As the West reels from the economic nightmare of the credit crunch and looming recessions, the dream of economic dynamism still seems very much alive for the emerging economies. The world’s imagination is captured by the possibility of poor countries finally achieving the living standards of the developed world. But is the astonishing economic growth of the emerging economies a pain-free experience?
The benefits are clear. The most dynamic economies of the developing world are experiencing increased wealth, longer life expectancy, lower infant mortality, high literacy and improved food security. But this dynamism is limited and uneven: for the millions left behind, life can seem more uncertain than ever. Many rural communities are being uprooted to make room for development, or hollowed out as the young and able leave for the cities. The bright lights of the city hold little comfort for most migrant labourers: they have few rights, no property, no community and are easily exploited.
Are brutal urbanism and rural decay the cost of economic expansion, the unavoidable growing pains of development? Or should we reconsider the benefits of growth with the hindsight of Western experience? The problems of urban squalor, insecurity and rural poverty have been largely eliminated in the developed world. But even in the most advanced countries of the West, concerns about climate change and the soulless character of materialist consumerism have led some to argue that development brings as many problems as solutions. Is this self-indulgence on the part of the West, or a cautionary tale for the developing world?
|Professor Sanjaya Baru
visiting professor, Lee Kuan Yew School of Public Policy, Singapore; former media advisor and spokesman for Dr Manmohan Singh, prime minister of India; author, The Strategic Consequences of India’s Economic Performance.
journalist and author, Ferraris for All: in defence of economic progress and Cowardly Capitalism
associate editor and chief economics commentator, Financial Times; author, Fixing Global Finance
|Dr Ha-Joon Chang
reader in political economy, University of Cambridge; author, Bad Samaritans – Rich Nations, Poor Policies, and the Threat to Developing World and Kicking Away the Ladder.
broadcaster; author, Financial Meltdown and the End of the Age of Greed; technology editor, BBC's Newsnight
financial services professional; researcher and writer, emerging economies and quantitative finance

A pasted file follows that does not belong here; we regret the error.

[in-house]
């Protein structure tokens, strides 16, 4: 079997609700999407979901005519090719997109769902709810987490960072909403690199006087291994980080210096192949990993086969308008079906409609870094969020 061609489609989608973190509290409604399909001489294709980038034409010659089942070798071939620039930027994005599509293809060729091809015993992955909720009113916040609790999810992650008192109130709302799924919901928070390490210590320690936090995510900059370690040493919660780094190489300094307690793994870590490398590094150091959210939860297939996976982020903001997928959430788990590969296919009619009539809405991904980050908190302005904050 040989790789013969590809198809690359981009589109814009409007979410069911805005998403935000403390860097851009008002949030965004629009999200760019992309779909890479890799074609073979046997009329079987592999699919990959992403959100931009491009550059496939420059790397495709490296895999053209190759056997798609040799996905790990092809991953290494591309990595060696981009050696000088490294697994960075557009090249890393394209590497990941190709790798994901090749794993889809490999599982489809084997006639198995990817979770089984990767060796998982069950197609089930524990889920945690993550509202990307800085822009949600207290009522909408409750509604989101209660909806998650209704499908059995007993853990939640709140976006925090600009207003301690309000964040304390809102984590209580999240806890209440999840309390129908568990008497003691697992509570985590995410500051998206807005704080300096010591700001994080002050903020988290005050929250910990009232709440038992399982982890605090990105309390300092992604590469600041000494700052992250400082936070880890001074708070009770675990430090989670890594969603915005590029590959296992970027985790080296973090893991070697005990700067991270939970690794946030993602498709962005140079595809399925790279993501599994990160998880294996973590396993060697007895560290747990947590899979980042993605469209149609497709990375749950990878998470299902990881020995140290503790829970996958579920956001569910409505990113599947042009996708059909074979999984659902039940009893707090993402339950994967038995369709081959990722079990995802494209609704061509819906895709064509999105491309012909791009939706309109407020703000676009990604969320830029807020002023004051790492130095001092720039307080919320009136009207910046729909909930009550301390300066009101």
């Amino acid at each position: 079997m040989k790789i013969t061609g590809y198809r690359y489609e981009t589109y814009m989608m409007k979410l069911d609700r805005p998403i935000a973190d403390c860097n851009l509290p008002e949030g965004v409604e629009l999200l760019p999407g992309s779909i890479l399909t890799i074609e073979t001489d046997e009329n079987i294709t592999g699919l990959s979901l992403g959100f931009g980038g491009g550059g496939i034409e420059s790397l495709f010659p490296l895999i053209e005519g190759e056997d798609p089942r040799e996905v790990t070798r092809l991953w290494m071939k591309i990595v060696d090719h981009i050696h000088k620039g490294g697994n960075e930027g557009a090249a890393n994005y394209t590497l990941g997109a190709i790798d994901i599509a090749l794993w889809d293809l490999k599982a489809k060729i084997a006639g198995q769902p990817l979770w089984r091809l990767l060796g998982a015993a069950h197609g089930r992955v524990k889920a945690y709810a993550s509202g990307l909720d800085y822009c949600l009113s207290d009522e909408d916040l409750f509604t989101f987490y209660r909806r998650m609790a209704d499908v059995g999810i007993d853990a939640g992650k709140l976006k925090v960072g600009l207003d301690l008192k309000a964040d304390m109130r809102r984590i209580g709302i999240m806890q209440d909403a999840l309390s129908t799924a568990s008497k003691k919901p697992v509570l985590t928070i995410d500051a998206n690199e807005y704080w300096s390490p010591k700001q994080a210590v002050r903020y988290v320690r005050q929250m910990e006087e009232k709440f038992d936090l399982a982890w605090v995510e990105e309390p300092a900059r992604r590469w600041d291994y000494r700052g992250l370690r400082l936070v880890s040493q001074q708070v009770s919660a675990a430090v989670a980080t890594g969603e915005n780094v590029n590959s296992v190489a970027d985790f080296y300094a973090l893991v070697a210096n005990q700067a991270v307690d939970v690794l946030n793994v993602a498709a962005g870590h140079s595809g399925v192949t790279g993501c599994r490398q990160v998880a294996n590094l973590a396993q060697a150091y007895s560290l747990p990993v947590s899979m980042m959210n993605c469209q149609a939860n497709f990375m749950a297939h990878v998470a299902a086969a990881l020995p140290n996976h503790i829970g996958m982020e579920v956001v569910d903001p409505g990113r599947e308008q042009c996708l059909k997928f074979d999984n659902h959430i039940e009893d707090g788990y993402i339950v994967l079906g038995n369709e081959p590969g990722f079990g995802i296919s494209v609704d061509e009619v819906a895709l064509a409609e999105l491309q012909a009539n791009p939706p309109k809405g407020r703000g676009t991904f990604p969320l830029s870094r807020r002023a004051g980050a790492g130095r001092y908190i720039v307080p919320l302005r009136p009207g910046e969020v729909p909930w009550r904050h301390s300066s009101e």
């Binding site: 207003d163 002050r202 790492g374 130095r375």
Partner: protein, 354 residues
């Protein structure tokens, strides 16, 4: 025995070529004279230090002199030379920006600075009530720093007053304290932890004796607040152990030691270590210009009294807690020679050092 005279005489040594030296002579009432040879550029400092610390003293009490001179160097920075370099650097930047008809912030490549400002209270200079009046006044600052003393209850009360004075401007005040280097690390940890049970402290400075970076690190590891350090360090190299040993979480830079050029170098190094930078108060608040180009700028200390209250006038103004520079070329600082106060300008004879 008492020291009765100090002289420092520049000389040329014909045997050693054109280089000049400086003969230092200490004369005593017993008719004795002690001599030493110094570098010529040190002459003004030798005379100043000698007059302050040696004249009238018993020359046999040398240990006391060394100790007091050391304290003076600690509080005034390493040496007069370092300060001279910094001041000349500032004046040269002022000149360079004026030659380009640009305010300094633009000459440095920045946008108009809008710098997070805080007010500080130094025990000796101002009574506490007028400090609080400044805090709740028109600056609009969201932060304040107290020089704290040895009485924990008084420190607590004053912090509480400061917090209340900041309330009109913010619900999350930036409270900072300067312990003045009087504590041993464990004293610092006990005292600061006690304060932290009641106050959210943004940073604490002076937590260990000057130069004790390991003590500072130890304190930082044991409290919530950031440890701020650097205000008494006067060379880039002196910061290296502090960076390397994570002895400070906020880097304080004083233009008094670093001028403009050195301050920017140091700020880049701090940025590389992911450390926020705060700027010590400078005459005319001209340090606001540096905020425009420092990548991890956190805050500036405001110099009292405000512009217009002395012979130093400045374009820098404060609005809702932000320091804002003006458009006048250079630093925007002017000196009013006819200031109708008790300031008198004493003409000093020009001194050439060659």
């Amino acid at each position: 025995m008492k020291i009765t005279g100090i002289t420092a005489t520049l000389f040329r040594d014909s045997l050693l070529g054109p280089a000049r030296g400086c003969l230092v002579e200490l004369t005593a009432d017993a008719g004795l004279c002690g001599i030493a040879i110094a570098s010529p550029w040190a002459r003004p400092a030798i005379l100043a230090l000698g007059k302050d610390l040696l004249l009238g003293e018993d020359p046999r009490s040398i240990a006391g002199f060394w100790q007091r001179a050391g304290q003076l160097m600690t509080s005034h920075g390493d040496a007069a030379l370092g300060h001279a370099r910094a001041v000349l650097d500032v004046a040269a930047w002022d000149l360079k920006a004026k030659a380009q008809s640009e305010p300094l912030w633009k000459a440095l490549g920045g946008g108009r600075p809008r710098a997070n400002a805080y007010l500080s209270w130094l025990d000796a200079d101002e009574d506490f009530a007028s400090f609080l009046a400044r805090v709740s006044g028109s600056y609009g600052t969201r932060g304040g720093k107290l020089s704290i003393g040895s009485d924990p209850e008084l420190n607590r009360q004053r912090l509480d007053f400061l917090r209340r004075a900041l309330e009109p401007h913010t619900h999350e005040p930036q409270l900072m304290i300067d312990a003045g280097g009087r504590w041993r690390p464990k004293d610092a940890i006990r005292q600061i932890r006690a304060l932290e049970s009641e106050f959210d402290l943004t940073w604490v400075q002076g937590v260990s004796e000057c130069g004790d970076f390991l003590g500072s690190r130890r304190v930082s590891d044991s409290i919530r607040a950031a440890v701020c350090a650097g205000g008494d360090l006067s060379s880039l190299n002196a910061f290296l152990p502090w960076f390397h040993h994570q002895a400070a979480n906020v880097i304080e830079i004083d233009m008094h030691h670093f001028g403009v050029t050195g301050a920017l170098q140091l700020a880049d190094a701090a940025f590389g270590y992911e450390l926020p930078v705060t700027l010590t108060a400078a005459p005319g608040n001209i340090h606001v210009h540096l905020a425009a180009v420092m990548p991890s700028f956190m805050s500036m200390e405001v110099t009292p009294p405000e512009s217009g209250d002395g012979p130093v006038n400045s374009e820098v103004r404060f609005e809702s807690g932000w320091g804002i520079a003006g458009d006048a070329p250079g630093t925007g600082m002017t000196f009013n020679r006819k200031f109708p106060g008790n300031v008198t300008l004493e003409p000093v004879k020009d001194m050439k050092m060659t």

I have a six-year-old son. His name is Jin-Gyu. He lives off me, yet he is quite capable of making a living. After all, millions of children of his age already have jobs in poor countries.Ha-Joon Chang, Independent, 23 July 2008
Almost all rich countries got wealthy by protecting infant industries and limiting foreign investment. But these countries are now denying poor ones the same chance to grow by forcing free-trade rules on them before they are strong enoughHa-Joon Chang, Prospect, July 2008
Why should we care about the debacle of a World Bank report? Because this report represents the final collapse of the “development expert” paradigm that has governed the west’s approach to poor countries since the second world war.William Easterly, FT.com, 28 May 2008
Fast sustained growth is not a miracle; it is attainable for developing countries with the "right mix of ingredients."Commission on Growth and Development, 21 May 2008
Rich and powerful governments and institutions are actually being 'Bad Samaritans': their intentions are worthy but their simplistic free-market ideology and poor understanding of history leads them to inflict policy errors on others.
Ha-Joon Chang, Random House Business Books, 1 May 2008
A Chinese woman pushes her way to the front of a hiring queue outside a factory in Shenzhen -- A Bolivian miner, without light or ventilation, crawls deep inside a deserted mine -- A group of Somali cleaners files into an investment bank in London's Canary Wharf -- Globalisation has created a whole new working class - and they are reliving stories that were first played out a century ago.
Paul Mason, Vintage, 7 February 2008
Wolf explains how globalization works, critiques the charges against it, argues that the biggest obstacle to global economic progress has been the failure not of the market but of governments, and offers a realistic scenario for economic internationalism in the post-9/11 age.
Martin Wolf, Yale University Press, 4 February 2005
Daniel Ben-Ami, John Wiley & Sons, 9 March 2001
Gives critical insights into the massive human and economic costs of inequality and poverty and proposes realistic solutions.Oxfam International